Australian, New Zealand, Canadian, British and U.S. universities are admitting more and more non-native English speakers to graduate and undergraduate programs. In the states, our science and math programs are often dominated by foreign students. It is said that this is because local students aren’t measuring up in maths, so the universities are drawing talent from elsewhere. In countries like the UK, Australia or New Zealand, universities need the cash that full fee paying foreigners pay.
Many of the foreign graduate students I have met in the States are technically/vocationally competent in there fields. Their math skills are usually more than sufficient for an American PhD in engineering, physics, etc. I don’t doubt that they are bright people. However, most of them can’t write. I have often wondered how these people could possibly write a well argued, persuasive dissertation in English. Some of them are fully aware that their written (and often spoken) English is not at the same level as their knowledge in their field of study. Some of them don’t care. Some of them think that their English is just great and that they excel above the dumb local students in every way.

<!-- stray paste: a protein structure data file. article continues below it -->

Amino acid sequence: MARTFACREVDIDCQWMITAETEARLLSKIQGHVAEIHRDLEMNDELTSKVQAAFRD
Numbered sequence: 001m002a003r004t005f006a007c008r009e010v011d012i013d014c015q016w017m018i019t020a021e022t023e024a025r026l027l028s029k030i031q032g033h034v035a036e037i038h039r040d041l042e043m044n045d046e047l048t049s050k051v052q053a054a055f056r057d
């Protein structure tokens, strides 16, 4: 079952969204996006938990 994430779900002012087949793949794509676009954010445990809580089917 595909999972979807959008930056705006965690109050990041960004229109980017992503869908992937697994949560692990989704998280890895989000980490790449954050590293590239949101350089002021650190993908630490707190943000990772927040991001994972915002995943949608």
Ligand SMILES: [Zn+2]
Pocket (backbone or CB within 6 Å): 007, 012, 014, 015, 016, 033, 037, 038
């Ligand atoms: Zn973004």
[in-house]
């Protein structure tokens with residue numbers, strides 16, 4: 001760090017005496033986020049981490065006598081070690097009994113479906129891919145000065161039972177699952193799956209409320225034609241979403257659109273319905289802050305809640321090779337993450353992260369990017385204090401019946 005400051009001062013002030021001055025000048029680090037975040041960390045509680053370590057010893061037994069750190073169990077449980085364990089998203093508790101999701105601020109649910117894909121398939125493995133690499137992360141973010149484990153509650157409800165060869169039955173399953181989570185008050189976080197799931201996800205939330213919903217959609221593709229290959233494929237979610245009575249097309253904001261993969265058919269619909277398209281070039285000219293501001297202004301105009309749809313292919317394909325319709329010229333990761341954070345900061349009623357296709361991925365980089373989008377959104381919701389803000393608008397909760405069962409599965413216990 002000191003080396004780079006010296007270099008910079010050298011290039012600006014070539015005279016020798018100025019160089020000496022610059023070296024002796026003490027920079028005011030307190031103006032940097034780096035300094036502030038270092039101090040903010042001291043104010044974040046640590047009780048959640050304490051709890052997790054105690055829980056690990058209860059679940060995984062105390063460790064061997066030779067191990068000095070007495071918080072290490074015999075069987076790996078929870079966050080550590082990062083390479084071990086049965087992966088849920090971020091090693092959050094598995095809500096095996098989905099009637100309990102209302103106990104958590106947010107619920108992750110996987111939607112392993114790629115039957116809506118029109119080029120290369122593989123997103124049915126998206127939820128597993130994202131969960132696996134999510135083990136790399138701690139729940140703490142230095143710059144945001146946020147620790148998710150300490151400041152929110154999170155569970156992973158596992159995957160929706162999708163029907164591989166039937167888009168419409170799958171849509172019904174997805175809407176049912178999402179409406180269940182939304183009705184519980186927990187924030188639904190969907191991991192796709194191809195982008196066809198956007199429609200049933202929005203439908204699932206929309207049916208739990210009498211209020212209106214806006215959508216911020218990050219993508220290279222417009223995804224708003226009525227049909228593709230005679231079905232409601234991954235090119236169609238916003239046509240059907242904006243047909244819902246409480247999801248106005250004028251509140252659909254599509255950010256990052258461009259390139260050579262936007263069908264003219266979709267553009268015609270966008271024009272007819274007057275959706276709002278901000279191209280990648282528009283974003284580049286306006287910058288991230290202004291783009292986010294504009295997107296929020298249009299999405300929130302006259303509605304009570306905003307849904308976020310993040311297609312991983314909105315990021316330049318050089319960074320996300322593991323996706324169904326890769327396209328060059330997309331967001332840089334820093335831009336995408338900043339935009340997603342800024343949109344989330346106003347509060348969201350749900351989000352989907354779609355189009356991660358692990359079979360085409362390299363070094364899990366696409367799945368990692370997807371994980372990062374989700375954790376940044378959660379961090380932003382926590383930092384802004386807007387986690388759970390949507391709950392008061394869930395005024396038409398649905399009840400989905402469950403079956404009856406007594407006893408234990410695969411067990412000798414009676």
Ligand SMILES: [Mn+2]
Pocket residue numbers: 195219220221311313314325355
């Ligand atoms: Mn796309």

I’m wondering what people here think of this. Should universities in native English speaking countries require that their foreign graduate students be able to write well? In the States, a lot of tax dollars go to foreign students in the form of grants or assistantships. My thinking is that if they are going to get government money to study, they should at least have English language skills that will enable them to contribute to the corpus of their field. In my opion, letting a foreign graduate student with poor English into an Engineering program is the same as admitting a local with poor math skills. If a local’s math skills weren’t good enough, he/she would have to spend their own time and money to brush those skills up. Is it right to expect foreign students to do the same with their English skills?